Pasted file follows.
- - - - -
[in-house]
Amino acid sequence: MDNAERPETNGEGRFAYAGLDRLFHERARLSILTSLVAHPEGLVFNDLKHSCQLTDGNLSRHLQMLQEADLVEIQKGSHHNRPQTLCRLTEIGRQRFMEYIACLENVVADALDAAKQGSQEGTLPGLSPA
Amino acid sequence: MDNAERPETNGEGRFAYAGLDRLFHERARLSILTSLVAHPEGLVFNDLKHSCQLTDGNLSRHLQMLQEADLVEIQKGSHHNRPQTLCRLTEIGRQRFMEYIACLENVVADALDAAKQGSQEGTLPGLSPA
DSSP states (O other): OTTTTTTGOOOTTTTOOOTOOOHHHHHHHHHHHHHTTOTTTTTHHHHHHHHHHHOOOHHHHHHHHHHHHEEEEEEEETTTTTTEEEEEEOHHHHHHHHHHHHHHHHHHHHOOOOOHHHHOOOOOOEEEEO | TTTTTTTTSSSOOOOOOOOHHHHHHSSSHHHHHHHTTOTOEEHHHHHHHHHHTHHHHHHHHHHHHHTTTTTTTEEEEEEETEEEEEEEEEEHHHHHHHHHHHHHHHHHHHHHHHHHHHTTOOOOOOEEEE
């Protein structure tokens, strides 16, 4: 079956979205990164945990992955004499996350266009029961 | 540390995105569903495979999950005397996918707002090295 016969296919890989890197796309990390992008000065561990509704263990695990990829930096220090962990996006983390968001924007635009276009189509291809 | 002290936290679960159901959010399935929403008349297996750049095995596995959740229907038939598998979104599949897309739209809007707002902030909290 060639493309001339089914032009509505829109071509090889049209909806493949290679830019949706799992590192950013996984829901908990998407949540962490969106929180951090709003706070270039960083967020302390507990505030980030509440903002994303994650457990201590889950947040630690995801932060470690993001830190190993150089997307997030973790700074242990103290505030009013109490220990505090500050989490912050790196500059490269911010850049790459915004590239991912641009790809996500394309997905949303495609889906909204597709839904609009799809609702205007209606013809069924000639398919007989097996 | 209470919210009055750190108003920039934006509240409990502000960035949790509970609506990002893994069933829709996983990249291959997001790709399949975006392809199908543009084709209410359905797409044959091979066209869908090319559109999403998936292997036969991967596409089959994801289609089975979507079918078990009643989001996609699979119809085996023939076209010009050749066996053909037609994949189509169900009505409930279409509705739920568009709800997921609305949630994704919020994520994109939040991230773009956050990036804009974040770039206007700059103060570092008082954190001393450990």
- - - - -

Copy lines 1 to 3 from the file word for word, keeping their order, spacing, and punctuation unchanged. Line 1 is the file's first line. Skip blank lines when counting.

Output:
[in-house]
Amino acid sequence: MDNAERPETNGEGRFAYAGLDRLFHERARLSILTSLVAHPEGLVFNDLKHSCQLTDGNLSRHLQMLQEADLVEIQKGSHHNRPQTLCRLTEIGRQRFMEYIACLENVVADALDAAKQGSQEGTLPGLSPA
Amino acid sequence: MDNAERPETNGEGRFAYAGLDRLFHERARLSILTSLVAHPEGLVFNDLKHSCQLTDGNLSRHLQMLQEADLVEIQKGSHHNRPQTLCRLTEIGRQRFMEYIACLENVVADALDAAKQGSQEGTLPGLSPA